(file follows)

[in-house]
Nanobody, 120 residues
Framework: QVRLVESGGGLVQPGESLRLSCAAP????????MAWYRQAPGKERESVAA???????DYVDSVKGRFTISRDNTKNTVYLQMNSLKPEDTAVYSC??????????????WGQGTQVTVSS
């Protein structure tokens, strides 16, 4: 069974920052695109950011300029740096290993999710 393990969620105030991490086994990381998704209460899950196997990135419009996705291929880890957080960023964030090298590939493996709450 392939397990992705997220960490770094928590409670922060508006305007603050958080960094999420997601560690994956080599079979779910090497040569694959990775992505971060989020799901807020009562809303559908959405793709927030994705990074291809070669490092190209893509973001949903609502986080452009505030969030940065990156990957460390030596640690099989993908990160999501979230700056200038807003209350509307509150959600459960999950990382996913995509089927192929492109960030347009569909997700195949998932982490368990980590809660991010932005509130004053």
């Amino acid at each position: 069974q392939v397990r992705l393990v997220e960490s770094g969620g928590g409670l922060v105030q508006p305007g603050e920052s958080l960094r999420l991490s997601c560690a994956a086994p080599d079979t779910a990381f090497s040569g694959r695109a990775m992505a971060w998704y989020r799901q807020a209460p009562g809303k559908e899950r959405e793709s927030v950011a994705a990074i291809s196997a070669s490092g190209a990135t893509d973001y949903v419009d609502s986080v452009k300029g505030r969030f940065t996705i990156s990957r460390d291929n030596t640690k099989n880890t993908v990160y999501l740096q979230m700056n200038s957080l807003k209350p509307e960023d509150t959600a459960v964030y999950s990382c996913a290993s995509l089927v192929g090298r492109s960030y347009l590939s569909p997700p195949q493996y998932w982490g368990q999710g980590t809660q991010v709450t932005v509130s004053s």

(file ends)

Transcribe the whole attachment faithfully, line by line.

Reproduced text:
[in-house]
Nanobody, 120 residues
Framework: QVRLVESGGGLVQPGESLRLSCAAP????????MAWYRQAPGKERESVAA???????DYVDSVKGRFTISRDNTKNTVYLQMNSLKPEDTAVYSC??????????????WGQGTQVTVSS
């Protein structure tokens, strides 16, 4: 069974920052695109950011300029740096290993999710 393990969620105030991490086994990381998704209460899950196997990135419009996705291929880890957080960023964030090298590939493996709450 392939397990992705997220960490770094928590409670922060508006305007603050958080960094999420997601560690994956080599079979779910090497040569694959990775992505971060989020799901807020009562809303559908959405793709927030994705990074291809070669490092190209893509973001949903609502986080452009505030969030940065990156990957460390030596640690099989993908990160999501979230700056200038807003209350509307509150959600459960999950990382996913995509089927192929492109960030347009569909997700195949998932982490368990980590809660991010932005509130004053």
């Amino acid at each position: 069974q392939v397990r992705l393990v997220e960490s770094g969620g928590g409670l922060v105030q508006p305007g603050e920052s958080l960094r999420l991490s997601c560690a994956a086994p080599d079979t779910a990381f090497s040569g694959r695109a990775m992505a971060w998704y989020r799901q807020a209460p009562g809303k559908e899950r959405e793709s927030v950011a994705a990074i291809s196997a070669s490092g190209a990135t893509d973001y949903v419009d609502s986080v452009k300029g505030r969030f940065t996705i990156s990957r460390d291929n030596t640690k099989n880890t993908v990160y999501l740096q979230m700056n200038s957080l807003k209350p509307e960023d509150t959600a459960v964030y999950s990382c996913a290993s995509l089927v192929g090298r492109s960030y347009l590939s569909p997700p195949q493996y998932w982490g368990q999710g980590t809660q991010v709450t932005v509130s004053s």